I used to be silent. As a child I was extremely shy, thoughtful, observant. As I aged, I didn’t so much change as I adapted to my life circumstances. Once put into the social sphere of public and private schools you could only get away with being extremely quiet nestled away at home, but in a school setting (if you wanted to make friends) you’d need to find a way to speak. I found the best avenue for conversation was to ask a question or two and let those around me do the talking. I would do the listening for the entire group. Gradually I learned that I was pretty good at information retention, and I began to view myself as a walking historical reference of anything I was privy to hearing or witnessing. However almost no one could pull from the annuls of my memory as that would, of course, require speaking on my part. As time went on, I realized I had an insatiable thirst for knowledge and information as if I hadn’t absorbed so much inside of silence already. I asked more questions. Listened even more.
I remember in high school going to parties, indulging as you do, and hearing a friend of mine yell out, “I’ve never seen Rachel drunk. She’s always quiet and in control.” I found it a rather odd thing for him to exclaim to everyone in the house, but realized in that moment that it was the first time anyone had reflected back to me who I was or what I looked like from an outsiders perspective. Upon further reflection I found that on the one hand I took pride in the fact that I’d always been able to handle my alcohol or had the consciousness of mind to excuse myself before embarrassment could set in, even as a young person. On the other hand I truly saw how silent I had been all my life up until that point – the ripe old age of sixteen. People had noticed it. The thing was, I hadn’t noticed it. I knew I didn’t talk all that much publicly, but I never saw myself as silent or quiet. I was just me. Plus how was I silent when there was so much going on in my mind all of the time? I was constantly having entire conversations, dialogues and eloquent speeches with myself….to myself. I was never silent as I understood silence. That’s when I began to realize that your version of you isn’t how other people see you.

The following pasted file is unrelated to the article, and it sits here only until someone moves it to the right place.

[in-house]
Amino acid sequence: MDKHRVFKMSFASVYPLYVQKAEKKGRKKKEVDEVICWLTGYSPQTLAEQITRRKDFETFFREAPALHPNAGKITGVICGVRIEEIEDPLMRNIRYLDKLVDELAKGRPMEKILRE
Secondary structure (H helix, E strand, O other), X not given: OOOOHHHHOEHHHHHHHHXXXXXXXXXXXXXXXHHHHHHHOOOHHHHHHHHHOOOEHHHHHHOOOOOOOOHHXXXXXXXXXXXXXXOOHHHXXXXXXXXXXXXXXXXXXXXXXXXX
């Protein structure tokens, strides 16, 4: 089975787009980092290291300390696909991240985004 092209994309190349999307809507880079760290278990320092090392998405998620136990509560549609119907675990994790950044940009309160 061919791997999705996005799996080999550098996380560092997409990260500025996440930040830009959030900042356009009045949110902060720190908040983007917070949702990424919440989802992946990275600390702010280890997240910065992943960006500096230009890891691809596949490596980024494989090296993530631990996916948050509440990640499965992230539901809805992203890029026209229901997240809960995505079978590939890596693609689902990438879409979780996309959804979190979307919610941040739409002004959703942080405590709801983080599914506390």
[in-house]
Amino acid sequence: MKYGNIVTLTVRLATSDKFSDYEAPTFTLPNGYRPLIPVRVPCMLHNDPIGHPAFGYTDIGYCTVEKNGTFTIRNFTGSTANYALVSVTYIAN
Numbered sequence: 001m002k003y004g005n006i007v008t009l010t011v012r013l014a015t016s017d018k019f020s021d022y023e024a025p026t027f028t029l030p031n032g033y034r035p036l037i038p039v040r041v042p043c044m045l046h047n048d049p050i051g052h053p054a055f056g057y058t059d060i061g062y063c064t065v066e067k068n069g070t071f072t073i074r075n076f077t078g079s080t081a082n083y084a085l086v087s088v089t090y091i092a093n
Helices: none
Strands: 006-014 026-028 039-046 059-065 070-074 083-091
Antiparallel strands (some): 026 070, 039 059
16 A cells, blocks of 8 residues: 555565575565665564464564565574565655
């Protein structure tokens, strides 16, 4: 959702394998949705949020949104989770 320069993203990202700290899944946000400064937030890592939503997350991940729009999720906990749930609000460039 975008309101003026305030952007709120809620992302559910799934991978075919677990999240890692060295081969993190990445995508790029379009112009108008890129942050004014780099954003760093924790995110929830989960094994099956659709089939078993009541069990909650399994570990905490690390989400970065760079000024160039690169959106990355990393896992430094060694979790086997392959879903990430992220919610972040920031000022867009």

Once I entered university I found myself thrust into a a new world, a world where I could begin speaking in a more public manner. In fact it was greatly desired by instructors. Professors actually valued your interaction, feedback and opinion during their instruction. This was new to me. And shockingly, when given the opportunity for everyone around me to say their piece during a class discussion I found very few brave enough to raise a hand or utter a word. The very same people who would have waterfalls of words falling out of their mouths the second they left the room would be dead silent once the professor began. This was odd to me. But I decided this would be my training ground. A place where clearly no one would compete with me for speaking space. A place where the years of built up thought and observation could be presented and rebuffed right in front of me, in real time, by someone I would be thrilled to be critiqued by. So, I began to speak up more and more, learning, growing, being challenged and ever so gently encouraged to confidently own my voice. In the end, I actually changed my primary course of study to Communication. I studied English and writing. I studied broadcasting and theatre. I studied other languages, sociology, political science and public speaking. And in the end I found that this silent observer was a damn good speaker.